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The basics of investing in shares

Investing in shares is not something that should be done without investigating exactly what's involved. Our guide to the basics of investing in shares aims to give you a basic understanding of what's involved.

Why do people invest in shares?

The short answer to this question is easy: people invest in shares because the stock market has proved to be a very lucrative place to invest in the past. You'll often see quotes suggesting that returns from the stock market out-perform other sources of investment. What this basically means is that some financial analysts believe that investing in stocks and shares is likely to make you more money than various other places that you could choose to place your money (such as in the bank, or in bonds).

You may ask whether all of this is actually true - is it really the case that you'll make more money by investing in shares? This is a tricky question to answer, since there are no guarantees with the stock market. What we do know, however, is that shares have performed extremely well over the long-term. Although share prices have dipped at various points, the long-term trend has generally been upwards.

It's because there are short-term dips, however, that you'll often hear experts suggesting that you only invest in the stock market if you're prepared to make a long term investment.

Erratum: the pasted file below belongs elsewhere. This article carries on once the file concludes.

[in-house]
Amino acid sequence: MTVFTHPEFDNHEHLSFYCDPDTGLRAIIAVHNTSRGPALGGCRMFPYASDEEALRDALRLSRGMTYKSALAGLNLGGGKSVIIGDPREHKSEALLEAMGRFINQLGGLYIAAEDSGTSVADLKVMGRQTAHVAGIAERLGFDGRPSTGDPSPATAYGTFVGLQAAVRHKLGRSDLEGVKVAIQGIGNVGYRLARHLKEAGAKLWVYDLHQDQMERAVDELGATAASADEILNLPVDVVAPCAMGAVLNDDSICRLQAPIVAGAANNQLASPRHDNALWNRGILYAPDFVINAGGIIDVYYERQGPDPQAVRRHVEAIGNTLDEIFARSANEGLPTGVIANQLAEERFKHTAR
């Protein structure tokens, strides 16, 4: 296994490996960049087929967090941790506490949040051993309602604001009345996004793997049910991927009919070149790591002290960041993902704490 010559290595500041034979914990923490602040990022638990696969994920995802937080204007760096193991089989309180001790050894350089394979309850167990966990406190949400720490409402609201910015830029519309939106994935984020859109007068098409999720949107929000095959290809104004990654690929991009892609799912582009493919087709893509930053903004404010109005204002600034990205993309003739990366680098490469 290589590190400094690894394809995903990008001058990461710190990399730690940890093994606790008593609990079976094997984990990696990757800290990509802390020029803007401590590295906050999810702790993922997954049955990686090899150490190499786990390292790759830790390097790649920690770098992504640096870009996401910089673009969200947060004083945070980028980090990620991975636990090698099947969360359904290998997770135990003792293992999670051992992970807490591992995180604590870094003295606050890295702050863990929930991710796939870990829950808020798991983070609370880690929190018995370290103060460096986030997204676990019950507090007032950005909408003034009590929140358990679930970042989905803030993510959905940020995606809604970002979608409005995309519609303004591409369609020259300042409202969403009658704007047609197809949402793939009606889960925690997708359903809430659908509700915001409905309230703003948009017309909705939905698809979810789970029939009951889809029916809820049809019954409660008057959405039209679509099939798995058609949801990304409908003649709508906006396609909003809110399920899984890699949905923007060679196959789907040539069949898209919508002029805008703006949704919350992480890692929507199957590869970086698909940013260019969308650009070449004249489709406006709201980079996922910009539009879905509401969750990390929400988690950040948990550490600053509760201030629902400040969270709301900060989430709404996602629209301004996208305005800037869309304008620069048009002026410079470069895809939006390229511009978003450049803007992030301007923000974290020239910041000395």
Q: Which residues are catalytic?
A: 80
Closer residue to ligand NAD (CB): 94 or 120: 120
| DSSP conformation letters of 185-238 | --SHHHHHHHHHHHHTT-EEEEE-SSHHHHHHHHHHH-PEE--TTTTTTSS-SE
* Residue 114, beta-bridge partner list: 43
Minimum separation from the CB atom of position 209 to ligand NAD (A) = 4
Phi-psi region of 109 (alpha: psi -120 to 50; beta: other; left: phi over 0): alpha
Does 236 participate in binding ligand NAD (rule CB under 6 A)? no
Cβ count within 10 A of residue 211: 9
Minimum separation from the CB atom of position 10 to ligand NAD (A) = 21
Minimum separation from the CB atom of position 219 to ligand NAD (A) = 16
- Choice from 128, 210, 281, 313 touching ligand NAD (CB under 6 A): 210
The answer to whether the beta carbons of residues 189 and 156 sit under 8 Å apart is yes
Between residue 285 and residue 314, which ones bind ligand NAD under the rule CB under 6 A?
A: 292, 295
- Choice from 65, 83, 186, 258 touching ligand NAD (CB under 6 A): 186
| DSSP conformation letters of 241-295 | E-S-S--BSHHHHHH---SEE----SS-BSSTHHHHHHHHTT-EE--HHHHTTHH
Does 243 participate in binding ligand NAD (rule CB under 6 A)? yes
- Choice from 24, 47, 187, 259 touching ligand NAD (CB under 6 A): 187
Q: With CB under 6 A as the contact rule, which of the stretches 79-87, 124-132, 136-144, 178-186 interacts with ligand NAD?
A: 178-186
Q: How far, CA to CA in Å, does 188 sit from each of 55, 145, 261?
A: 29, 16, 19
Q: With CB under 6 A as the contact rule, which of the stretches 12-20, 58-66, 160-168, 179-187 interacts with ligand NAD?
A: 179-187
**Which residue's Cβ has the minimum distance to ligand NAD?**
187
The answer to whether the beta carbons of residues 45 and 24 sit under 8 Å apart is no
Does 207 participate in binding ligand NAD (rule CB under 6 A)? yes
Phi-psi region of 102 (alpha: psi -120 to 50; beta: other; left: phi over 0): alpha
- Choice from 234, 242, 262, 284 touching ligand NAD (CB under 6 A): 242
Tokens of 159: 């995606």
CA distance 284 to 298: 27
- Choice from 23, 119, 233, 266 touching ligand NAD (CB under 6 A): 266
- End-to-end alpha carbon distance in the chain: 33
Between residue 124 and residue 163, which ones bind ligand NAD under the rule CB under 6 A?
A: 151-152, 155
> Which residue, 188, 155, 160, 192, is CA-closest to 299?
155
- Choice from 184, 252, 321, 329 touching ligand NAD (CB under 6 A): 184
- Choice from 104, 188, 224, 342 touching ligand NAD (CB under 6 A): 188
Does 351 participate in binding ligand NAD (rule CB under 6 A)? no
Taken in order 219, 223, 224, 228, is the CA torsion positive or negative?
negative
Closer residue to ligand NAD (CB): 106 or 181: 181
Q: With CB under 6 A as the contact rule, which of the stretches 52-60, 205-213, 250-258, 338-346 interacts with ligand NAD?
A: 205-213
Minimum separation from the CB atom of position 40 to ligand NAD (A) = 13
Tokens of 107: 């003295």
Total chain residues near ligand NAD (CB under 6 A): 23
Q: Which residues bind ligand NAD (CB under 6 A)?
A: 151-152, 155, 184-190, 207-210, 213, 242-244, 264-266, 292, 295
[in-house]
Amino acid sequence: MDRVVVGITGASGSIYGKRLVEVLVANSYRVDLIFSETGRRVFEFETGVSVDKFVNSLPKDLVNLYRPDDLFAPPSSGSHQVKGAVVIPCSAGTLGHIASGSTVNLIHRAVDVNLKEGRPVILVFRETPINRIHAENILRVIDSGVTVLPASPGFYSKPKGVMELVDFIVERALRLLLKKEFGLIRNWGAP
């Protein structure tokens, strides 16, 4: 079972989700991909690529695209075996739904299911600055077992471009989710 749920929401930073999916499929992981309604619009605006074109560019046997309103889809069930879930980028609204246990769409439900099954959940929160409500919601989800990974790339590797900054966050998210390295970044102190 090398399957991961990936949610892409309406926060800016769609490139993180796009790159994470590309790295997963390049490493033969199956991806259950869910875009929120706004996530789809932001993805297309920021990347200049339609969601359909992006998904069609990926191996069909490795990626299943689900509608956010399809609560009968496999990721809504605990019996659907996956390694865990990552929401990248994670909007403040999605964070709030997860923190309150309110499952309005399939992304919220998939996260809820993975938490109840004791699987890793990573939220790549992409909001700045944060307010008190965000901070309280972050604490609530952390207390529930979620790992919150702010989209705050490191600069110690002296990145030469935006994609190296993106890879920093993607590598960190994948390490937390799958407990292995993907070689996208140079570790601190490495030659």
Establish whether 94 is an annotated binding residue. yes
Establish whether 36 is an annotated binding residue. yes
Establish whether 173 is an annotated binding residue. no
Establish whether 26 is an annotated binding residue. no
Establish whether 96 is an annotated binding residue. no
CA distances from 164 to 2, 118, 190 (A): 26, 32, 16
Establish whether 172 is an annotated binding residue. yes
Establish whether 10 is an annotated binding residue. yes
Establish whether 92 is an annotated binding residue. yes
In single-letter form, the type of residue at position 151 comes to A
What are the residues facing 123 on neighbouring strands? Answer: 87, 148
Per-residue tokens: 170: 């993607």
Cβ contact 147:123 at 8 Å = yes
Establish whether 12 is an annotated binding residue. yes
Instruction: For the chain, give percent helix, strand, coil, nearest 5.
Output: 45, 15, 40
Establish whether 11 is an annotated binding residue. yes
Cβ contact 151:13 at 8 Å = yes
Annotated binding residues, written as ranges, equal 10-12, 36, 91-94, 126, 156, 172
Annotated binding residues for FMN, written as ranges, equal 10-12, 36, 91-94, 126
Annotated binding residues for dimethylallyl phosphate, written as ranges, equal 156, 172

The concept of shares

The concept of shares is relatively straightforward, although getting to grips with the stock market has proved a lifetime's work for some.

When people use the term share they are actually talking about owning a share of a company. This means that when you buy a share in a company you become the owner of part of that company. You'll usually only own a very small percentage of the company but, as a shareholder, you'll find that you have certain rights.

For instance, you'll receive annual reports from the Directors of the company - these will keep you updated on how well the company is performing. You also have the right to go along to Annual General Meetings of the company. As the name suggests, these are annual meetings where the Directors are present to answer questions on the performance of the business. If the company performs well then you may also receive a small annual payment (known as a dividend).

Information on Shares:
The basics of investing in shares, Different Types of Shares, The Stock Market Explained, What is the FTSE 100?